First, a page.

In contrast to DELs, manipulating E2F activities by gain or loss of function mutations strongly affects cell proliferation and the pattern of cell differentiation, strongly supporting the idea that E2Fs are regulators of the G1-S control point (De Veylder et al. 2002; del Pozo et al. 2002, 2006; Magyar et al. 2005; Sozzani et al. 2006). In agreement with their expected G1-S function Arabidopsis E2Fs are up-regulated at an early stage during re-entry into cell division (de Jager et al. 2001). On the basis of their cell cycle-dependent expression, E2FA function was linked to S-phase control, while both E2FB and E2FC might have overlapping or distinct roles outside of S-phase. Arabidopsis E2Fs work similarly to their animal counterparts; they must form heterodimers with one of the two DP proteins to efficiently bind to E2F-targeted promoters (Magyar et al. 2000; Mariconti et al. 2002; Kosugi and Ohashi 2002b). Furthermore, heterodimer-ization with DPA, but not with DPB, results in nuclear localization of E2FA and E2FB, suggesting that E2F-DPA and E2F-DPB heterodimers are functionally different (Kosugi and Ohashi 2002b). Interestingly, neither DPA nor DPB could enhance the nuclear translocation of E2FC, probably because another post-translational modification is required to fully activate E2FC-dependent transcription (Kosugi and Ohashi 2002b).
In Arabidopsis all the three E2Fs are controlled by the single retinoblas-toma related protein (RBR1). Interestingly, cereals such as maize and rice contain more than one RB-related gene and on the basis of their expression patterns it was suggested that they have different regulatory roles; maize RBR1 controlling cell differentiation and RBR3 regulating mitosis (Sabelli and Larkins 2006). Genetic analysis suggests that the Arabidopsis RBR1 has essential functions early in plant development since the knock out rbr1 mutant is gametophytic lethal. Inactivation of the RBR1 gene in Arabidopsis endosperm of female megagametophyte results in over-proliferation due to failure in blocking mitosis, indicating a negative regulatory role for RBR1 in the mitotic cell division cycle (Ebel et al. 2004). In addition, decreasing the level or activity of RBR1, either by virus-induced gene silencing (VIGS) in tobacco, or by inducible expression of a viral RBR-binding protein (gemi-nivirus RepA) in Arabidopsis, caused abnormal leaf development, probably due to prolonged cell proliferation (Desvoyes et al. 2006; Park et al. 2005). Interestingly, in both cases, leaf cells show increased ploidy levels later in development. Further studies revealed that RBR1 could control differentiation as well; ectopic expression in the shoot or root apical meristems stimulates in early differentiation (Wildwater et al. 2005; Wyrzykowska et al. 2006). Suppressing its expression in the root apical meristem by using RBR1-RNAi resulted in the production of several extra layers of undifferentiated cells in the columella root cap (Wildwater et al. 2005). Moreover, Arabidopsis RBR1 could work according to the canonical CycD/RBR/E2F pathway model to regulate stem cell maintenance: increasing RBR1 phosphorylation by the ectopic expression of cyclin D led to supernumerous stem cell layers while hypophos-phorylation of RBR1 by overexpression of KRP2, a cyclin-dependent kinase inhibitor from Arabidopsis, resulted in the loss of stem cells similar to that seen with RBR overexpression (Wildwater et al. 2006). In agreement with the model, increasing the amount of RB-free E2F complexes by ectopic co-expression of E2FA and DPA resulted in an excess of stem cells. However, these results raise several questions, e.g. how the single Arabidopsis RBR1 could regulate mitosis and differentiation, and how and which E2Fs are part of these RBR1-regulated processes during plant development?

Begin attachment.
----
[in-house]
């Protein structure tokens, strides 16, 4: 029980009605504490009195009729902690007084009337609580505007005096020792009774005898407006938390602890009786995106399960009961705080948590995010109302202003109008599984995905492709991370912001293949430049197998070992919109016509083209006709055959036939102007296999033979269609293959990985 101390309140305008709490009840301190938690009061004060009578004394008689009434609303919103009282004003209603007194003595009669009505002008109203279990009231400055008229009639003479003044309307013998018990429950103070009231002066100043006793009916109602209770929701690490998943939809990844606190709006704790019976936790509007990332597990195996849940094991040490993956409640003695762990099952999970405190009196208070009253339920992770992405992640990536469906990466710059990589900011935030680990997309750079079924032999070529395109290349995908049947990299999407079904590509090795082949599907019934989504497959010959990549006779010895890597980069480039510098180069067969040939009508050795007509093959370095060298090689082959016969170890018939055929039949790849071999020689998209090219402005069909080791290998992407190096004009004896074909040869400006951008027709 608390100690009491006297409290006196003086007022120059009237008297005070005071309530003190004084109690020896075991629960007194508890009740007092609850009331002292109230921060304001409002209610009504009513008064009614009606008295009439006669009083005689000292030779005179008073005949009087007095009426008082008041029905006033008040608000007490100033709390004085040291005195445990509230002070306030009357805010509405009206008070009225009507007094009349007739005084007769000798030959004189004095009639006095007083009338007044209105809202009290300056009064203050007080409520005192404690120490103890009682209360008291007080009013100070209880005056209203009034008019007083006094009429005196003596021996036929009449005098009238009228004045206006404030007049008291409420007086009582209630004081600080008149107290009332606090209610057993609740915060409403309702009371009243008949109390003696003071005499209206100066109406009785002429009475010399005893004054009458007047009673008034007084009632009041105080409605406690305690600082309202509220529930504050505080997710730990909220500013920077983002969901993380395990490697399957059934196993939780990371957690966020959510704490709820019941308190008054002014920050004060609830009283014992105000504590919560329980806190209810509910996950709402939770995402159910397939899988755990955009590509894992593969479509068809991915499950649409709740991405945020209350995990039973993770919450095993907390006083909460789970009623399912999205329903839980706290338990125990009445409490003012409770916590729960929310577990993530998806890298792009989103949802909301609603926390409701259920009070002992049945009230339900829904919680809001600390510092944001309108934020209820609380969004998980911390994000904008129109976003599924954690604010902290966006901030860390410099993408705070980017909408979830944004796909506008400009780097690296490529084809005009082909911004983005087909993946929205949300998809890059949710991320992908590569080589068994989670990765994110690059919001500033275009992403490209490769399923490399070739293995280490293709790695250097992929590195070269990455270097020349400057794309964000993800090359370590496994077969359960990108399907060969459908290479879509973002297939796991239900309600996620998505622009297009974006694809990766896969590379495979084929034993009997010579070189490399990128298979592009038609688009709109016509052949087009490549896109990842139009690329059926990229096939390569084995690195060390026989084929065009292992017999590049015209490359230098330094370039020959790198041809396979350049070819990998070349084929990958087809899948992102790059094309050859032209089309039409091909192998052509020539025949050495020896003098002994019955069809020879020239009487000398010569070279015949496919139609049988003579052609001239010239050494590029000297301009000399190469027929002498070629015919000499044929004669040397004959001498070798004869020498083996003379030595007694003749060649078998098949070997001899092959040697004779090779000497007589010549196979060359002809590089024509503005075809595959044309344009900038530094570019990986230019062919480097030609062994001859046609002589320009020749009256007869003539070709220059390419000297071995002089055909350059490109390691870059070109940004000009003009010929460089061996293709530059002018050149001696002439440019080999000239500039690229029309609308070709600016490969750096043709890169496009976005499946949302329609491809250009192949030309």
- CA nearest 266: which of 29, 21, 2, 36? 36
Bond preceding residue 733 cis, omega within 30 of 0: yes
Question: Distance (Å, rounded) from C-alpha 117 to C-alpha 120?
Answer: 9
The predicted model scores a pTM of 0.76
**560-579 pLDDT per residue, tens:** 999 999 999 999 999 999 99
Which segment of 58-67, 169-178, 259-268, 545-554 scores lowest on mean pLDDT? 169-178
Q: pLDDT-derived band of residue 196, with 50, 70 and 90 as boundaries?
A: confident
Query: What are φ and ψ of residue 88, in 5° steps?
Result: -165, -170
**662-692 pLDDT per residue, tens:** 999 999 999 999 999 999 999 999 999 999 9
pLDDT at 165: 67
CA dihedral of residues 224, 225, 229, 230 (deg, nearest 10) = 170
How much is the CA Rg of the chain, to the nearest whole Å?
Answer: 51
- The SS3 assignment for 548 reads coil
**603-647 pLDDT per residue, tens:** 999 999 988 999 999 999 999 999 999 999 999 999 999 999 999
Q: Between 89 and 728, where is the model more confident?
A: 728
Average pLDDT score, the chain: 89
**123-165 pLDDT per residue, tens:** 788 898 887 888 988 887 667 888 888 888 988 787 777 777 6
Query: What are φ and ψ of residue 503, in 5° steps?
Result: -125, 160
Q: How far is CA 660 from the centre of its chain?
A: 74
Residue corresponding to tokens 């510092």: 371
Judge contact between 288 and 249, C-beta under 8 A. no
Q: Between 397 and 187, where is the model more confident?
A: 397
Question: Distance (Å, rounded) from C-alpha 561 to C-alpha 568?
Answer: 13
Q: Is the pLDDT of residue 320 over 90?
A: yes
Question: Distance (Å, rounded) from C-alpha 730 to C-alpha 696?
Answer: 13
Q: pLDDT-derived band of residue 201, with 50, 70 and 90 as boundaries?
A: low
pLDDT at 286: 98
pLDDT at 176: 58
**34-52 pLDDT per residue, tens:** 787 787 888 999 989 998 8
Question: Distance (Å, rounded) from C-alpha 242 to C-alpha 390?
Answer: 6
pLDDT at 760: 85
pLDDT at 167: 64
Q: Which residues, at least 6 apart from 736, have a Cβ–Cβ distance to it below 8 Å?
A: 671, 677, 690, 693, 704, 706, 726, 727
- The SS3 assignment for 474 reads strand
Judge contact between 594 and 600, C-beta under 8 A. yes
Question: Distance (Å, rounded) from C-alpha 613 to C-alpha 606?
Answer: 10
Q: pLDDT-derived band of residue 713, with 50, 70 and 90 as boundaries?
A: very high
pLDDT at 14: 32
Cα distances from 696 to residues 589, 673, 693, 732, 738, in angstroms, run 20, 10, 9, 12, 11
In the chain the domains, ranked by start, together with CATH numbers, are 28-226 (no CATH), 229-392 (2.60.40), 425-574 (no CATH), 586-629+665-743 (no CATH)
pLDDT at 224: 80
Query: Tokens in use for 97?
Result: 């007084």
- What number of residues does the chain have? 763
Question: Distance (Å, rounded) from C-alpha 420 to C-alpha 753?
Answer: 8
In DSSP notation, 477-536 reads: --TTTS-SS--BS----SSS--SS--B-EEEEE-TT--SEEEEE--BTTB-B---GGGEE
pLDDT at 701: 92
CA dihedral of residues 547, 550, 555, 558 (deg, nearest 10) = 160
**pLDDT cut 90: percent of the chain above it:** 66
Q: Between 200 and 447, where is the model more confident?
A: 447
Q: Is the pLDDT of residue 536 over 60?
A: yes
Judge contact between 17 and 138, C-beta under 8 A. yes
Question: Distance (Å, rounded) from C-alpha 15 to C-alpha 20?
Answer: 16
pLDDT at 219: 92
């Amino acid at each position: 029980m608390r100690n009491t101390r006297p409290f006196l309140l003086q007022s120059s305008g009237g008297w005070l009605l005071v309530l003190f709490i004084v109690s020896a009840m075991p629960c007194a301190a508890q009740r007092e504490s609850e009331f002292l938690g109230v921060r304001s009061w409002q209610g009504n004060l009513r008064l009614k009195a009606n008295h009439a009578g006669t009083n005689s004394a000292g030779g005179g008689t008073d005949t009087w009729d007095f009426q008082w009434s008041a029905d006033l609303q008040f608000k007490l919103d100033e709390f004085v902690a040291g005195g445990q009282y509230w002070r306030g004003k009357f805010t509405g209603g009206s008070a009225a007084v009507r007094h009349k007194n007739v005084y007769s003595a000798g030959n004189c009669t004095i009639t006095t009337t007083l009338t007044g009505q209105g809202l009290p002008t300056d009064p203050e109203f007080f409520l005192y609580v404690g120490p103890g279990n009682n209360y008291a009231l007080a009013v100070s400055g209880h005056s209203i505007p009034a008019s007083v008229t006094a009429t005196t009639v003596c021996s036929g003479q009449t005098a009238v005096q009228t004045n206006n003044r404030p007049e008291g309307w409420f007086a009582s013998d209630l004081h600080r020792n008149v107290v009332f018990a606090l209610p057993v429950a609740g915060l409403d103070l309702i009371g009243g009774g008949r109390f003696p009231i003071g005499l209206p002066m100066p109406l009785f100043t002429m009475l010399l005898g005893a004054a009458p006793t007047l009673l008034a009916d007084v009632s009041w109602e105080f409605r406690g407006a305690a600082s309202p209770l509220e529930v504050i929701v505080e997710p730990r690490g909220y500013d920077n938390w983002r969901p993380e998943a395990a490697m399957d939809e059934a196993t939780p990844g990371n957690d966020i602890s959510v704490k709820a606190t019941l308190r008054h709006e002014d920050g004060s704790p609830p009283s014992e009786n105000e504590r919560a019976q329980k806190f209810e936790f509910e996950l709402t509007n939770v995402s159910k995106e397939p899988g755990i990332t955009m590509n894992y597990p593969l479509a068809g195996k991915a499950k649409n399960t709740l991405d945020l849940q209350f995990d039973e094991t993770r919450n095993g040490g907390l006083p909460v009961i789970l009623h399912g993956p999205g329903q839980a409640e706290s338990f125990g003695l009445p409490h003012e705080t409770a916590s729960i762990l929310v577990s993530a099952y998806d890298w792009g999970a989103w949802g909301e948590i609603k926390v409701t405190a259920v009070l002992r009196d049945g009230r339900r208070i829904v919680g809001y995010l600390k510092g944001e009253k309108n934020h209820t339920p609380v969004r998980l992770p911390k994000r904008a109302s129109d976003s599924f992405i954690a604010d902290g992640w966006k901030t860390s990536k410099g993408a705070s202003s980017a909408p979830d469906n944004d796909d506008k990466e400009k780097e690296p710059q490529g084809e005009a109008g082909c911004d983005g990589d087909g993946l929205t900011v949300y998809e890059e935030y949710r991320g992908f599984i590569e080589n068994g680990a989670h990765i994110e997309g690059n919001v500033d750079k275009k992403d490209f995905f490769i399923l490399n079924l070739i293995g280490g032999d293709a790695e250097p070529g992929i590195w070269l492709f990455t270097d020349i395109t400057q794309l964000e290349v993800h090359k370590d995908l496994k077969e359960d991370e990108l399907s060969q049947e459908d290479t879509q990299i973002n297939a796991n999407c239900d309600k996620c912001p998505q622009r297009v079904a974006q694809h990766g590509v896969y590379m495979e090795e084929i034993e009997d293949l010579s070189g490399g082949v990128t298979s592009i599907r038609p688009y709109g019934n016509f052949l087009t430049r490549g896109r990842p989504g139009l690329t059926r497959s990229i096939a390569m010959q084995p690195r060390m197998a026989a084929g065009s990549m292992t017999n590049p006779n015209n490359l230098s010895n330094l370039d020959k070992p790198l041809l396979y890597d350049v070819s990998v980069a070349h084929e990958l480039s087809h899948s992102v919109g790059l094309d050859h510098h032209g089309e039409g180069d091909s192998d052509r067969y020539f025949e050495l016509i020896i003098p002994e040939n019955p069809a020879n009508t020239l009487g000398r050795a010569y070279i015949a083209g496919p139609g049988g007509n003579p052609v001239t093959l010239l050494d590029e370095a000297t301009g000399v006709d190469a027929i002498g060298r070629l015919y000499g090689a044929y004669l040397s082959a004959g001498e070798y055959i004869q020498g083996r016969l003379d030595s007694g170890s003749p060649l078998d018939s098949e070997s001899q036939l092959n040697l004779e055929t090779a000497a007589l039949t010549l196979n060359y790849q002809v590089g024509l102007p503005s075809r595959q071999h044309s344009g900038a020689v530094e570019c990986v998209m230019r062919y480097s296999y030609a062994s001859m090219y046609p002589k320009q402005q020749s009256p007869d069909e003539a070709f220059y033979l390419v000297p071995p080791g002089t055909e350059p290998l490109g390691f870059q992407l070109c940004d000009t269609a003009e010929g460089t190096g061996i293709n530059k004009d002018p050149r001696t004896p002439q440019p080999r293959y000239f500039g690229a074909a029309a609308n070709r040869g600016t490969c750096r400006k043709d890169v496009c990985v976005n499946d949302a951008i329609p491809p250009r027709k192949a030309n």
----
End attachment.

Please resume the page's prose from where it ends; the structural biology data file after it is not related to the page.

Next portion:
Was this article helpful?